Greyhound racing told to clean up its act

Oireachtas committee hears industry has reputation for dishonesty

Describing it as “an industry in pain”,  Senator Denis Landy said there had been a serious decline in the numbers  attending events and Bord na gCon was “€20 million in debt”. Photograph: Gety Images

Describing it as “an industry in pain”, Senator Denis Landy said there had been a serious decline in the numbers attending events and Bord na gCon was “€20 million in debt”. Photograph: Gety Images

 

Greyhound racing, which has seen sharp falls in the number of people attending meetings, must counter its image for dishonesty, according to an Oireachtas report.

Owners and trainers were found “openly admitting to doping dogs” in BBC and Channel 4 documentaries, Kilkenny-based Senator Pat O’Neill said at the launch of a report into the industry.

“The industry has got to change its image,” said Mr O’Neill, adding that admissions of drug use in the industry was internationally damaging both to itself and to Ireland.

Insisting that it was “a great, old industry that can be great again”, Senator Brian Ó Domhnaill said there were “issues of corporate governance” and that owners and breeders were not being given a voice.

Describing it as “an industry in pain”, Tipperary-based Senator Denis Landy said there had been a serious decline in the numbers of people attending events and Bord na gCon (the Irish Greyhound Board) was “€20 million in debt”.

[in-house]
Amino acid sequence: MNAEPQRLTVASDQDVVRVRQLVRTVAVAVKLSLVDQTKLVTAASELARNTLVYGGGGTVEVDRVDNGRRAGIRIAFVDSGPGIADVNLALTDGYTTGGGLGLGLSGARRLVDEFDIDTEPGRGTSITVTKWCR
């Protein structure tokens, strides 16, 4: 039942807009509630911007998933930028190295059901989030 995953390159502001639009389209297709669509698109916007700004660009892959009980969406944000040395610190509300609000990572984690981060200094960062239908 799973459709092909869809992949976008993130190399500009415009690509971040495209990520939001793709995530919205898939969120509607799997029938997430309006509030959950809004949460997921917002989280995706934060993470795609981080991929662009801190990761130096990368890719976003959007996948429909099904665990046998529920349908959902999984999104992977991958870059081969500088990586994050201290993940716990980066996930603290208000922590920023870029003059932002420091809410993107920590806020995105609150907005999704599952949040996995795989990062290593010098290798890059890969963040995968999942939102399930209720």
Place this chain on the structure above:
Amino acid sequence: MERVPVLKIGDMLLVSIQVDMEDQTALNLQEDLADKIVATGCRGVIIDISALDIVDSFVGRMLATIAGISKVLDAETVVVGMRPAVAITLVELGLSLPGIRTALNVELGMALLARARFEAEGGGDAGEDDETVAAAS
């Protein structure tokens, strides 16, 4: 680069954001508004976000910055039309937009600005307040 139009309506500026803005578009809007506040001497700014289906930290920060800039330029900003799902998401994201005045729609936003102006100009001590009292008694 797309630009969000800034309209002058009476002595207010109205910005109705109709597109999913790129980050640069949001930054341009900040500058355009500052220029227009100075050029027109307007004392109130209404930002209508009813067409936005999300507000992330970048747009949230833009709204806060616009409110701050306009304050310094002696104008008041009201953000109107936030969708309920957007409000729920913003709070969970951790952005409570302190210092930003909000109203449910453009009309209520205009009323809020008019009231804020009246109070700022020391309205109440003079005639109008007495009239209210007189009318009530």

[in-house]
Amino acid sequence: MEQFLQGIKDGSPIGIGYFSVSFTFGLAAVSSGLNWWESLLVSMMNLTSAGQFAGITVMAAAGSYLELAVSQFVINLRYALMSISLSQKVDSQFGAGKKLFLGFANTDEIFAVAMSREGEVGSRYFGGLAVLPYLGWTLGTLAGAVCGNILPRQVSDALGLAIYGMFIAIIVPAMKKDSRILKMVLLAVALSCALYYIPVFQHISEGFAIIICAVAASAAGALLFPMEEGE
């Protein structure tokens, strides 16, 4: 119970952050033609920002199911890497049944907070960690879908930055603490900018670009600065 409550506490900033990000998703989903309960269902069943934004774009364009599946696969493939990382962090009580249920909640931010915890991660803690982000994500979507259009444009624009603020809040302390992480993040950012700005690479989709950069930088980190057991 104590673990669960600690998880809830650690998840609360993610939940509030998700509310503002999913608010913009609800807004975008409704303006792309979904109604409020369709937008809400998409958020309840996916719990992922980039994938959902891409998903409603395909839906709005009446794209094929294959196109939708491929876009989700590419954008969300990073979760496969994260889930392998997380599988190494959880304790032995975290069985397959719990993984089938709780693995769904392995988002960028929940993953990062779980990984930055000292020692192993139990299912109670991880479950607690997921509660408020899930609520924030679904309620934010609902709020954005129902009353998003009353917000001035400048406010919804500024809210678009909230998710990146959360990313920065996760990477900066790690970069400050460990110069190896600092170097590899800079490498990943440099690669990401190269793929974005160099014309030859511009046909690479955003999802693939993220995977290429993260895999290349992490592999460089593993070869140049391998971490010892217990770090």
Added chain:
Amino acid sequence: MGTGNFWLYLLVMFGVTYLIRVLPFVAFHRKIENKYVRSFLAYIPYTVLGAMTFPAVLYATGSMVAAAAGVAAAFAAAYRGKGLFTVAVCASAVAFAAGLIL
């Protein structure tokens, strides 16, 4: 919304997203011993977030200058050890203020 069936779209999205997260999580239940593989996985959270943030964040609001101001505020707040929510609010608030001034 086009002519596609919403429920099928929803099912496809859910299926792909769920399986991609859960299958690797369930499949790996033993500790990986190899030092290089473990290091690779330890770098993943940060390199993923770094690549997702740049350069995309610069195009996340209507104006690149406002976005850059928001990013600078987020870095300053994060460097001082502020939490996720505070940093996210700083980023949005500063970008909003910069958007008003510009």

Recommendations

That Bord na gCon publish detailed, specific measures to maximise the commercial viability of each race track

Any additional funding supplied by the exchequer should be ringfenced as prize money or other incentives, but not used for debt-servicing

That a zero tolerance policy was vital on the issue of prohibited substances.

The committee put forward eight additional recommendations in relation to enhancing greyhound welfare.

Mr Doyle also said that a previous report commissioned by the Department of Agriculture from Indecon Consultants should be revisited on a regular basis.

“A recurring examination of Bord na gCon implementation of the Indecon review’s recommendations is merited to ascertain that its recommendations were being implemented,” he said.

Breeding

This was particularly important as it appeared that there were still “ongoing issues concerning the breeding of greyhounds with dogs which were [certified as] dead for two years or more.

The full report of the committee is available on the Oireachtas.ie website.